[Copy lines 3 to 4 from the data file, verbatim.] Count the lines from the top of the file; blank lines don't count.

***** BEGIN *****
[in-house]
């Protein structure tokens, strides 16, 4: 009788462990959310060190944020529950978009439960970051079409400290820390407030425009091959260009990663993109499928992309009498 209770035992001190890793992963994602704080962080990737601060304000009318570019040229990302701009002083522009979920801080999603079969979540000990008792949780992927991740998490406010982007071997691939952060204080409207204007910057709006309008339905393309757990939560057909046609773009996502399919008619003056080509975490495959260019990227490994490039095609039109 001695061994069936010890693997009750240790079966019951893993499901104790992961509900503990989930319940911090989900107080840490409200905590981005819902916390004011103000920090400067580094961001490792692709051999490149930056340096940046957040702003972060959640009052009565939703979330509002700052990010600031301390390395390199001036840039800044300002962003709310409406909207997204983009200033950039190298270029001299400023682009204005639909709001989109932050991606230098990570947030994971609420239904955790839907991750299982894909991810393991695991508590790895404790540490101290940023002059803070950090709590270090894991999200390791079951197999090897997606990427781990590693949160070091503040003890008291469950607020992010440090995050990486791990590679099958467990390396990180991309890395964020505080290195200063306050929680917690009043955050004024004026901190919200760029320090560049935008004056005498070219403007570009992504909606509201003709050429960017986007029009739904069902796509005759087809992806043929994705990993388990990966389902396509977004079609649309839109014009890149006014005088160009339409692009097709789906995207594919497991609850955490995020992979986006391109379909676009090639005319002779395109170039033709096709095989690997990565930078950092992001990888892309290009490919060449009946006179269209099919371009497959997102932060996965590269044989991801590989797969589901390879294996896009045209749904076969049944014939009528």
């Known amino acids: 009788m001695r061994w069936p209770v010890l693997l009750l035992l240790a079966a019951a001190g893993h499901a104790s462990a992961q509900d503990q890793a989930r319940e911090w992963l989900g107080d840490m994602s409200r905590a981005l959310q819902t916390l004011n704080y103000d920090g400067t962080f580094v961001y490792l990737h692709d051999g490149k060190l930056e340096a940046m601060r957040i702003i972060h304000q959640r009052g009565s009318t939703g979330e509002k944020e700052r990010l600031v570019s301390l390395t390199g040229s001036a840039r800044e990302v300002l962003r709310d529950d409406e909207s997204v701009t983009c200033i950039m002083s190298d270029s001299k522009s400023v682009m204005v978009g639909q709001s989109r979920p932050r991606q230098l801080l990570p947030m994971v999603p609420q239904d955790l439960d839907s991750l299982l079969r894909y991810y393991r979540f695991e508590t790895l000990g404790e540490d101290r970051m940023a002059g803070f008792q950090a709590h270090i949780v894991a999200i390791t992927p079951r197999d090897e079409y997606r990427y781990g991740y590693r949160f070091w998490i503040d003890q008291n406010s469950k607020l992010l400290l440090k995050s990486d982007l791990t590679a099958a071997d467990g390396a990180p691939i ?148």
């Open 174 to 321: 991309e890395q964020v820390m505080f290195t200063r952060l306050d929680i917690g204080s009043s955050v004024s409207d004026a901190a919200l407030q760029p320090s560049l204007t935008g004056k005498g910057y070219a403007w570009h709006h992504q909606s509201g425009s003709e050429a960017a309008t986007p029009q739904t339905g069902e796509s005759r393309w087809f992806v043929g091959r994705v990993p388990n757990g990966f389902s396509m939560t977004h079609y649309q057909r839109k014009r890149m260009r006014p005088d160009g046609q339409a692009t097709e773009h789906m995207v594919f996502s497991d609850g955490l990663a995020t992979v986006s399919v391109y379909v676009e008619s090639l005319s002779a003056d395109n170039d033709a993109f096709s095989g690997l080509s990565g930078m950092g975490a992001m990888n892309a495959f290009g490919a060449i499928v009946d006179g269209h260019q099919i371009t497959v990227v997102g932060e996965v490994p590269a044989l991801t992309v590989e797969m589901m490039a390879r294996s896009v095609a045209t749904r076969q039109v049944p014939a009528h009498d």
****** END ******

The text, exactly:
């Known amino acids: 009788m001695r061994w069936p209770v010890l693997l009750l035992l240790a079966a019951a001190g893993h499901a104790s462990a992961q509900d503990q890793a989930r319940e911090w992963l989900g107080d840490m994602s409200r905590a981005l959310q819902t916390l004011n704080y103000d920090g400067t962080f580094v961001y490792l990737h692709d051999g490149k060190l930056e340096a940046m601060r957040i702003i972060h304000q959640r009052g009565s009318t939703g979330e509002k944020e700052r990010l600031v570019s301390l390395t390199g040229s001036a840039r800044e990302v300002l962003r709310d529950d409406e909207s997204v701009t983009c200033i950039m002083s190298d270029s001299k522009s400023v682009m204005v978009g639909q709001s989109r979920p932050r991606q230098l801080l990570p947030m994971v999603p609420q239904d955790l439960d839907s991750l299982l079969r894909y991810y393991r979540f695991e508590t790895l000990g404790e540490d101290r970051m940023a002059g803070f008792q950090a709590h270090i949780v894991a999200i390791t992927p079951r197999d090897e079409y997606r990427y781990g991740y590693r949160f070091w998490i503040d003890q008291n406010s469950k607020l992010l400290l440090k995050s990486d982007l791990t590679a099958a071997d467990g390396a990180p691939i ?148």
């Open 174 to 321: 991309e890395q964020v820390m505080f290195t200063r952060l306050d929680i917690g204080s009043s955050v004024s409207d004026a901190a919200l407030q760029p320090s560049l204007t935008g004056k005498g910057y070219a403007w570009h709006h992504q909606s509201g425009s003709e050429a960017a309008t986007p029009q739904t339905g069902e796509s005759r393309w087809f992806v043929g091959r994705v990993p388990n757990g990966f389902s396509m939560t977004h079609y649309q057909r839109k014009r890149m260009r006014p005088d160009g046609q339409a692009t097709e773009h789906m995207v594919f996502s497991d609850g955490l990663a995020t992979v986006s399919v391109y379909v676009e008619s090639l005319s002779a003056d395109n170039d033709a993109f096709s095989g690997l080509s990565g930078m950092g975490a992001m990888n892309a495959f290009g490919a060449i499928v009946d006179g269209h260019q099919i371009t497959v990227v997102g932060e996965v490994p590269a044989l991801t992309v590989e797969m589901m490039a390879r294996s896009v095609a045209t749904r076969q039109v049944p014939a009528h009498d």